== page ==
Book Bag

Last modified: Thursday, August 01, 2013


By Thomas Wartenberg

John Wiley & Sons/Wiley-Blackwell

Thomas Wartenberg, a professor of philosophy at Mount Holyoke College in South Hadley, has spent a good part of his career examining the connections between philosophy and popular culture, from movies to literature to art. He is also the creator of a website,, that’s dedicated to helping adults discuss philosophical questions with young children.

In his latest book, “A Sneetch is a Sneetch and Other Philosophical Discoveries,” he looks at the surprisingly profound thought and questions that can be raised in children’s literature, even for very young readers. Drawing from 16 picture books, including the classic Dr. Seuss story “The Sneetches,” Wartenberg offers a basic primer on philosophical issues that parents and children can examine together.

In the Dr. Seuss story, for instance, a group of creatures discriminates against another group that is virtually identical, except for the fact that the first group has small stars on their bellies and the second does not. Wartenberg uses the tale to examine the implications of discrimination, particularly the difference between its immorality and its irrationality, with suggestions on how to frame a discussion with children.

Wartenberg also looks at stories such as William Steig’s “Shrek,” later adapted for a sequence of popular animated films, and Shel Silverstein’s “The Giving Tree,” a tale that delves into the issue of environmental ethics. Throughout the book, he also offers text blocks that discuss specific philosophical ideas in more depth, and he includes short profiles of notable philosophers.

His overall intent, he says, is to show that philosophy is not as abstract as one might think — and that young children’s endless questions might mean more than a harried parent realizes.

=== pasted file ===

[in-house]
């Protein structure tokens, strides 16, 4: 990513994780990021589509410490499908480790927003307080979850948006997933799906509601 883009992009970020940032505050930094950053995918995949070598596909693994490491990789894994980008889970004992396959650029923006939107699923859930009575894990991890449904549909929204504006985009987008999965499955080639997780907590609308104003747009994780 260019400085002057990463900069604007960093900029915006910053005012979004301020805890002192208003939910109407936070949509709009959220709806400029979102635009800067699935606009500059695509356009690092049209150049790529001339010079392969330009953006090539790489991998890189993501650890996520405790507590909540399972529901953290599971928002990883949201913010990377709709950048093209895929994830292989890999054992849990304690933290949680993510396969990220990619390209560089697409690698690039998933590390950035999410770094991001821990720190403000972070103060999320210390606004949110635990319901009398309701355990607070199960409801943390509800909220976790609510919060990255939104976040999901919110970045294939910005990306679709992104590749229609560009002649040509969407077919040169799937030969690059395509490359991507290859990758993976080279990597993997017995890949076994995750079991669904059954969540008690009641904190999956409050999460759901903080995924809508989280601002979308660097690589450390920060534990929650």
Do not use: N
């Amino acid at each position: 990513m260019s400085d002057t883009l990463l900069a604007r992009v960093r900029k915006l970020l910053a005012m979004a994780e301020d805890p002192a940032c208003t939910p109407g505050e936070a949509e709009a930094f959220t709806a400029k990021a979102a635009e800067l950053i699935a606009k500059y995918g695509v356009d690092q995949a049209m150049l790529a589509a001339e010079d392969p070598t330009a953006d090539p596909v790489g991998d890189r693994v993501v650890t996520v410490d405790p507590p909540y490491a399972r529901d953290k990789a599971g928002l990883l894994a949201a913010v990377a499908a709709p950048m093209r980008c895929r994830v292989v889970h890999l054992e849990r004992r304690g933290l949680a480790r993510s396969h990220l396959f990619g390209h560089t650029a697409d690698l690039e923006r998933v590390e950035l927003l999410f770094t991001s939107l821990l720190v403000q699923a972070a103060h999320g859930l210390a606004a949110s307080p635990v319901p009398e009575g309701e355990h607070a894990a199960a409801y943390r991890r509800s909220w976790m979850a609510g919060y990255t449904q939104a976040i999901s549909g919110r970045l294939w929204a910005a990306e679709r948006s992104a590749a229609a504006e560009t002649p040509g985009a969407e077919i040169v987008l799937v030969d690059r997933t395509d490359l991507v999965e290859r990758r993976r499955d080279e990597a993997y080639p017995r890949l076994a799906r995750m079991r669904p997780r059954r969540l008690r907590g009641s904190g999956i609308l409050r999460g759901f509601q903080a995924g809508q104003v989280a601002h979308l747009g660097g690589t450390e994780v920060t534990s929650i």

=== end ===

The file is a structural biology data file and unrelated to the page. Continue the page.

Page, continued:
“Kids and philosophers seem determined to place obstacles in our way,” he writes. “[But] the reason they both keep asking ‘Why?’ is that they refuse to skip over those confounding aspects of reality that most of us ignore as we attend to our everyday concerns.”


By David W. Goodwin


David Goodwin of Shutesbury has spent much of his life involved in the natural world, in particular working for the state Bureau of Forestry and as a natural resources researcher/lecturer at the University of Massachusetts Amherst. Now he’s turned his hand to fiction with his first novel, “Slave Camp Nightclub,” a story he says is loosely based on a dream he had while living in Boulder, Colo., in 1976.

The narrator, Dean, is a college student spending a summer between classes in a vegetarian communal home in “the most quintessentially student infested neighborhood” in Boulder. While flinging a Frisbee one day outside the house, Dean and his buddies Iggy and Eric get approached by a good-looking woman in a car who asks them if they’d like to earn a few bucks working in a rock quarry.

This is no ordinary quarry, though: This one comes with a private nightclub, open only to people who work in the quarry, where tired employees can “unwind and let [their] hair down.” Not only that, the Sugarloaf Quarry Nightclub is chockablock with varied characters and misfits that are sure to offer a bunch of college students additional thrills and adventures.

Dean and his pals already have pretty full lives at their vegetarian hippie house, which isn’t easy to give up, but the promise of something different at what they jokingly call “Slave Camp Nightclub” has much appeal — and when they take the plunge, they will experience the magic of the club and try to figure out what is real and what is imagined.


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